Various local anesthetic agents that have been utilized for joint space injection include 5-25 mg of Xylocaine (lidocaine), 10-50 mg of Carbocaine (mepivacaine), 2.512.5 mg of Sen-sorcane (bupivacaine), and 2.5-12.5 mg of Marcaine (bupivi-caine). Various long-acting steroid agents that have been utilized for joint space injection include 1.5-3 mg of Celestone suspension (betametha-sone sodium phosphate and beta-methasone sodium acetate), 2-6 mg of an Aristospan suspension (triamcinolone

Spinal Facet Joint Injections
Fig. 5. A supine, posteroanterior fluoroscopic radiograph of the correct prearthrographic positioning of the 22-gauge spinal needle in the right L4-5 facet joint.

hexacetonide), and 4-10 mg of Hydeltranol (prednisolone tebutate). Care must be taken to ensure combinations of agents are combatable to be admixed to avoid such potential incompatibilities leading to precipitation or floc-culation (19).

For cervical facet joint blocks, the skin puncture point is selected two to three segments below the target level, as the joint space slopes posteroinferiorly. The needle is then advanced craniad and ventrally toward the target joint. As the needle tip articulates with the inferior margin of the joint, it can be passed into the middle of the joint space, as confirmed on posteroanterior and lateral imaging. It is important to remember that the epidural space rests just medially to the anatomy under investigation, with spinal nerves and vertebral arteries also in close proximity.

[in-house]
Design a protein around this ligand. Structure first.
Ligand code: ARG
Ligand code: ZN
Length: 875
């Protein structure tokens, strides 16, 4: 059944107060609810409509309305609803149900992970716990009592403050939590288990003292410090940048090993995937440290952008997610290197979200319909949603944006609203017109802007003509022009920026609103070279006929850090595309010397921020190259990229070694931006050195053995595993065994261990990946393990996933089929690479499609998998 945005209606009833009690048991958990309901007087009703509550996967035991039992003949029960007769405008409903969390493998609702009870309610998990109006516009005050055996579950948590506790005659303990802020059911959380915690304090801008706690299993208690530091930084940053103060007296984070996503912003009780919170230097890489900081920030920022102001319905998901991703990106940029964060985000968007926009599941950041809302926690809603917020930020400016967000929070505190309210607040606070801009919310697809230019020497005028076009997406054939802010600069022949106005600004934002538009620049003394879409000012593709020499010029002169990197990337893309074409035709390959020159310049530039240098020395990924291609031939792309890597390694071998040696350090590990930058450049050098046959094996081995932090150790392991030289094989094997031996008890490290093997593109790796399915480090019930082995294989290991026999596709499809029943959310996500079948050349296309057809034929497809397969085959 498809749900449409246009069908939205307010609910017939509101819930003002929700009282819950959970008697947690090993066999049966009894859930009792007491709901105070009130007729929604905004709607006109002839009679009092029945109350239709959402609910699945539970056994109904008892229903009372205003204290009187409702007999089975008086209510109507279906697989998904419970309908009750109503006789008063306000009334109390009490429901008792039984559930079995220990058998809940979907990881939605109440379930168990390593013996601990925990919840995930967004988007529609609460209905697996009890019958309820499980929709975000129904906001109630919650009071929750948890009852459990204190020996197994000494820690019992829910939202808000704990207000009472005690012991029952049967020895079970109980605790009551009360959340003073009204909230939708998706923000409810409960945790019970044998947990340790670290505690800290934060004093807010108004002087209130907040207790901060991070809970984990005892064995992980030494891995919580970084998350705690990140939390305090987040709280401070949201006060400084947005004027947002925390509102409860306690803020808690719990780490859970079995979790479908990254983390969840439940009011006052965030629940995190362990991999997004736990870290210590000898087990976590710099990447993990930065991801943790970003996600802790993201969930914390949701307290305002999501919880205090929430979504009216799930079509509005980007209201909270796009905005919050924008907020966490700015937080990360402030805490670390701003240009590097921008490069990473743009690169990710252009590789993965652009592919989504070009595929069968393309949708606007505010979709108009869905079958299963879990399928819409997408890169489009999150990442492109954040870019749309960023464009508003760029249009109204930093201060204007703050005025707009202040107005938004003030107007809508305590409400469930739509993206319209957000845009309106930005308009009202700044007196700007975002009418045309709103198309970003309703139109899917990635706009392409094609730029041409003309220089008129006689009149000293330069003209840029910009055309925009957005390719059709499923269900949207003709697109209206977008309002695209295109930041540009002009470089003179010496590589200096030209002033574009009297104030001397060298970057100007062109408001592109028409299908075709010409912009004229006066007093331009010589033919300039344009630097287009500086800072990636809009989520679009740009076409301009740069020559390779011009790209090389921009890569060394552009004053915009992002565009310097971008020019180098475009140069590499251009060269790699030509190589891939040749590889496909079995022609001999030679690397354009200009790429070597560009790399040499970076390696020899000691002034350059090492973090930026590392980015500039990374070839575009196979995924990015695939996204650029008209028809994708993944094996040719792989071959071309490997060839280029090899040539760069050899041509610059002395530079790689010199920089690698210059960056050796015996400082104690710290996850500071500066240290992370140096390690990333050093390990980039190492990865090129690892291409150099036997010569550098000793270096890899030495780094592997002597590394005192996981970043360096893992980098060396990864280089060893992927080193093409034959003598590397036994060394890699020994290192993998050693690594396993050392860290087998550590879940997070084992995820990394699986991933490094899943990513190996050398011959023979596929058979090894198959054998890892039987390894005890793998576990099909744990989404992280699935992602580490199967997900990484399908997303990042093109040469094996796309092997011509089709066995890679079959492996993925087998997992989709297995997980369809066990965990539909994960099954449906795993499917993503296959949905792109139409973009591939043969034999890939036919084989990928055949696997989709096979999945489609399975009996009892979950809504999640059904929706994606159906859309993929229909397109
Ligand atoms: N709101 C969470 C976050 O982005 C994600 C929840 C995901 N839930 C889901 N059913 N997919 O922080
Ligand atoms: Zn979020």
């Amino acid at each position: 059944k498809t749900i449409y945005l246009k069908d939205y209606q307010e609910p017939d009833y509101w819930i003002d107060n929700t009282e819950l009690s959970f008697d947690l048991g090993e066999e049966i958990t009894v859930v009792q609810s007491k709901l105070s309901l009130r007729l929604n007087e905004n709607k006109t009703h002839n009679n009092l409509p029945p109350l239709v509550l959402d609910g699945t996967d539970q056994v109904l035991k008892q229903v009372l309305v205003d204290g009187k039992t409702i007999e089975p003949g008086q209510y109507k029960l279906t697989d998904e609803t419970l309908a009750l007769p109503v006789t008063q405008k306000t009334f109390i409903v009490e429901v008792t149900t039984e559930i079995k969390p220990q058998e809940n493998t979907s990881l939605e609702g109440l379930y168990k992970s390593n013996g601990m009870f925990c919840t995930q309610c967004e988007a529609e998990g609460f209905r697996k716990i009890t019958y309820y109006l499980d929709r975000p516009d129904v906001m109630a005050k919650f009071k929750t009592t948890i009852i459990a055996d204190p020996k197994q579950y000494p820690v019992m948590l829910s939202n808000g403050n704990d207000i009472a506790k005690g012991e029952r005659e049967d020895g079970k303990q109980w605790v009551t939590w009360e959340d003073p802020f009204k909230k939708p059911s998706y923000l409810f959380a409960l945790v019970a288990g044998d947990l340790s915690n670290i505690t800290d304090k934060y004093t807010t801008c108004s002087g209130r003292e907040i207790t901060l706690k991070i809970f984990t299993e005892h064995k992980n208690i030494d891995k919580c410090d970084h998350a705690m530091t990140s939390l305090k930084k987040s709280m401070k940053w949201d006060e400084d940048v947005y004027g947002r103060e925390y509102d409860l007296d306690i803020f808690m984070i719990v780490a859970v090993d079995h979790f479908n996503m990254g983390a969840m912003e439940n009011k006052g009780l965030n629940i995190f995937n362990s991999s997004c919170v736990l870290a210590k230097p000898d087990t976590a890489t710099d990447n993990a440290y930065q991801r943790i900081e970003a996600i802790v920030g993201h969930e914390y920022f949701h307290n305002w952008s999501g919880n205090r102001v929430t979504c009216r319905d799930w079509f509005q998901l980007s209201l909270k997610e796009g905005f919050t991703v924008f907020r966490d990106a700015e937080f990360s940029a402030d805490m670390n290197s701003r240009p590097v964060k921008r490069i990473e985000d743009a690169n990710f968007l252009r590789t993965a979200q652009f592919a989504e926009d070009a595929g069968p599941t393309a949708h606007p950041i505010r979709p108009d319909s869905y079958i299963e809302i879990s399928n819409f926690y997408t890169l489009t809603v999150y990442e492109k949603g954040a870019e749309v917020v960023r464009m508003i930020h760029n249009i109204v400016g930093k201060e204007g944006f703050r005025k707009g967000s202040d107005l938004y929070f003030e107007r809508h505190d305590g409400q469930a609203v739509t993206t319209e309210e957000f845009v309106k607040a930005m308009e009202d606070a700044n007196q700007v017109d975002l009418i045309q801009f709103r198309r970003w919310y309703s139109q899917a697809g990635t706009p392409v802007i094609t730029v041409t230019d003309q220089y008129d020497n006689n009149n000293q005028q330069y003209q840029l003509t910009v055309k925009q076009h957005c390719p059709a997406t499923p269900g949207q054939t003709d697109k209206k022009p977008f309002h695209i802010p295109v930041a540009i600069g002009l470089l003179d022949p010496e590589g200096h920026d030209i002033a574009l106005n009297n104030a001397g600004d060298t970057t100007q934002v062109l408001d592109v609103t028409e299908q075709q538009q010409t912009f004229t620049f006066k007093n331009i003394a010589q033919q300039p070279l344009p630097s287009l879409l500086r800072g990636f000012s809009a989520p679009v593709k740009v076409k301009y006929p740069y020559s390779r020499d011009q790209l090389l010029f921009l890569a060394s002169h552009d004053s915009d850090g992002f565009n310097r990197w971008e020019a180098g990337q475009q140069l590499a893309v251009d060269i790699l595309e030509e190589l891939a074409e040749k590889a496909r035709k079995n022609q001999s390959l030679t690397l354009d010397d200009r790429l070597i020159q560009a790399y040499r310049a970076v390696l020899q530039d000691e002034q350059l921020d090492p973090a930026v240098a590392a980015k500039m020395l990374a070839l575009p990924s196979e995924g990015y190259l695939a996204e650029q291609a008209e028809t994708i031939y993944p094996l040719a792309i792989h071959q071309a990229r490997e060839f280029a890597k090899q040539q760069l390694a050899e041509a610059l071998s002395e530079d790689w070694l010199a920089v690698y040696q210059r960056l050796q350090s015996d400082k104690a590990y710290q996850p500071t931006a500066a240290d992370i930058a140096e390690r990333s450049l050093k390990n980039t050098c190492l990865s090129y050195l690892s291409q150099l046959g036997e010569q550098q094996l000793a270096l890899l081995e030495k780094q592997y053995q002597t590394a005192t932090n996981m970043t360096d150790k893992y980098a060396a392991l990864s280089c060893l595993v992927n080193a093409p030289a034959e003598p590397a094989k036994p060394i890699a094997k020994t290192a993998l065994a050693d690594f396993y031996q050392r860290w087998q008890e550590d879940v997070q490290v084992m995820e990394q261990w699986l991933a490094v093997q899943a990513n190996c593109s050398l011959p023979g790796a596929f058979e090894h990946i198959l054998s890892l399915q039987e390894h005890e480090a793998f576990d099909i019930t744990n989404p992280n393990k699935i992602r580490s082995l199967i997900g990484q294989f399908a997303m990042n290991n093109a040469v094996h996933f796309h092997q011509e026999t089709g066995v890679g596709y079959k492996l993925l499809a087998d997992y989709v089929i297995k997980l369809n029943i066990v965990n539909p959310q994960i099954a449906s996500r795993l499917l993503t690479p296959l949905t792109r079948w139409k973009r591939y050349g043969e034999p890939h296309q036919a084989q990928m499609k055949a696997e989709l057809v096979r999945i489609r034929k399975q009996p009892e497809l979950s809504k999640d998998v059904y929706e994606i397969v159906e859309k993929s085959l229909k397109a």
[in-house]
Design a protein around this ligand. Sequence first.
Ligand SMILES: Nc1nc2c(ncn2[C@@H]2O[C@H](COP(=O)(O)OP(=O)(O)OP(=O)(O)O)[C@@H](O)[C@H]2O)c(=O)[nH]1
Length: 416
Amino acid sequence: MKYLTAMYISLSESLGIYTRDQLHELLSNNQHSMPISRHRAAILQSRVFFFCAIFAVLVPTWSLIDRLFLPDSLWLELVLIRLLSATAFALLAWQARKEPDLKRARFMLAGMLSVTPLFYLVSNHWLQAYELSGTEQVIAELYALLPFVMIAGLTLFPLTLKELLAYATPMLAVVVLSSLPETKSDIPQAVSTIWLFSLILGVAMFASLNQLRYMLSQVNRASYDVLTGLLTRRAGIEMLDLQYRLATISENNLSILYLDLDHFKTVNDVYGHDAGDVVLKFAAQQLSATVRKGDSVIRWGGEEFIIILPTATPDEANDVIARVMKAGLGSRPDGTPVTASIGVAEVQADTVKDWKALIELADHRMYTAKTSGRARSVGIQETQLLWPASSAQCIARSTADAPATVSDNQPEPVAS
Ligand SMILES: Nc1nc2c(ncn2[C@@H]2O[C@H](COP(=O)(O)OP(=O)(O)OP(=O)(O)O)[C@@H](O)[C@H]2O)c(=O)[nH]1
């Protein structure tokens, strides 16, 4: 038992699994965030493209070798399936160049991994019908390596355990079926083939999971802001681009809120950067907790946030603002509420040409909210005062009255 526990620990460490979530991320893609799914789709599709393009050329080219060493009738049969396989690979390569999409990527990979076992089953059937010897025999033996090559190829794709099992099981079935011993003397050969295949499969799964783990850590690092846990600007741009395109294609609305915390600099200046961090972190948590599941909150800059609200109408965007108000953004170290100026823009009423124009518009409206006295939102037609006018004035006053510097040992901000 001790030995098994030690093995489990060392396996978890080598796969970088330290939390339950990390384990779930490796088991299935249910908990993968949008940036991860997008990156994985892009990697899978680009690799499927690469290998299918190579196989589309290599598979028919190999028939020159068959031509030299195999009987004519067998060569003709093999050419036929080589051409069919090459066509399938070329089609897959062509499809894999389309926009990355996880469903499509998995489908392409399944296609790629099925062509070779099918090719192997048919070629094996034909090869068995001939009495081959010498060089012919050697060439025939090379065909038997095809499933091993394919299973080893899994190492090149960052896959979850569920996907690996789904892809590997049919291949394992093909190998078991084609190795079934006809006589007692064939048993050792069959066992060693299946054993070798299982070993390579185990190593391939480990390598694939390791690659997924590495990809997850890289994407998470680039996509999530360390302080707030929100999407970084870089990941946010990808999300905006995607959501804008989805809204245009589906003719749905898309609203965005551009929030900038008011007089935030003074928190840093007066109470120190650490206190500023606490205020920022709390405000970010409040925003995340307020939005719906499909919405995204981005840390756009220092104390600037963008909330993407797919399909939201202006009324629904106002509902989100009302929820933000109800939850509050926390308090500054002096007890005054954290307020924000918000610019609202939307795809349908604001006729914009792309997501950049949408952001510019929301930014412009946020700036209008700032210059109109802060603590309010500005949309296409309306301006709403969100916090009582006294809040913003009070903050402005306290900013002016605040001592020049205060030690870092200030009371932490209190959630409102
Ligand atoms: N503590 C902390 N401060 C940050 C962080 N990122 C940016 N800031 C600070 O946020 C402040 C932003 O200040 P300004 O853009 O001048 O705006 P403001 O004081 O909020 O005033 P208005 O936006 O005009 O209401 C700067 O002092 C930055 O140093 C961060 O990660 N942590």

If CT-guided injection is being utilized, the patient is placed on the CT table in a prone position. Contiguous axial views can be obtained through the facet joint. Under CT, the proposed site of skin puncture can be marked utilizing an opaque or metallic marker, such as a paper clip. Once a proposed site is chosen, the skin can be marked with an indelible marker and thereafter prepped and draped in a similar fashion as described in the preceding. A procedure and instruments similar to those described in the preceding for fluoroscopic guidance can be used with CT as the guidance modality.

Facet Oblique Fluoroscopy
Fig. 6. An oblique, posteroanterior fluoroscopic radiograph of the correct prearthrographic positioning of the 22-gauge spinal needle in the right L4-5 facet joint, in the same patient as in Fig. 5.

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Arthritis Joint Pain

Arthritis Joint Pain

Arthritis is a general term which is commonly associated with a number of painful conditions affecting the joints and bones. The term arthritis literally translates to joint inflammation.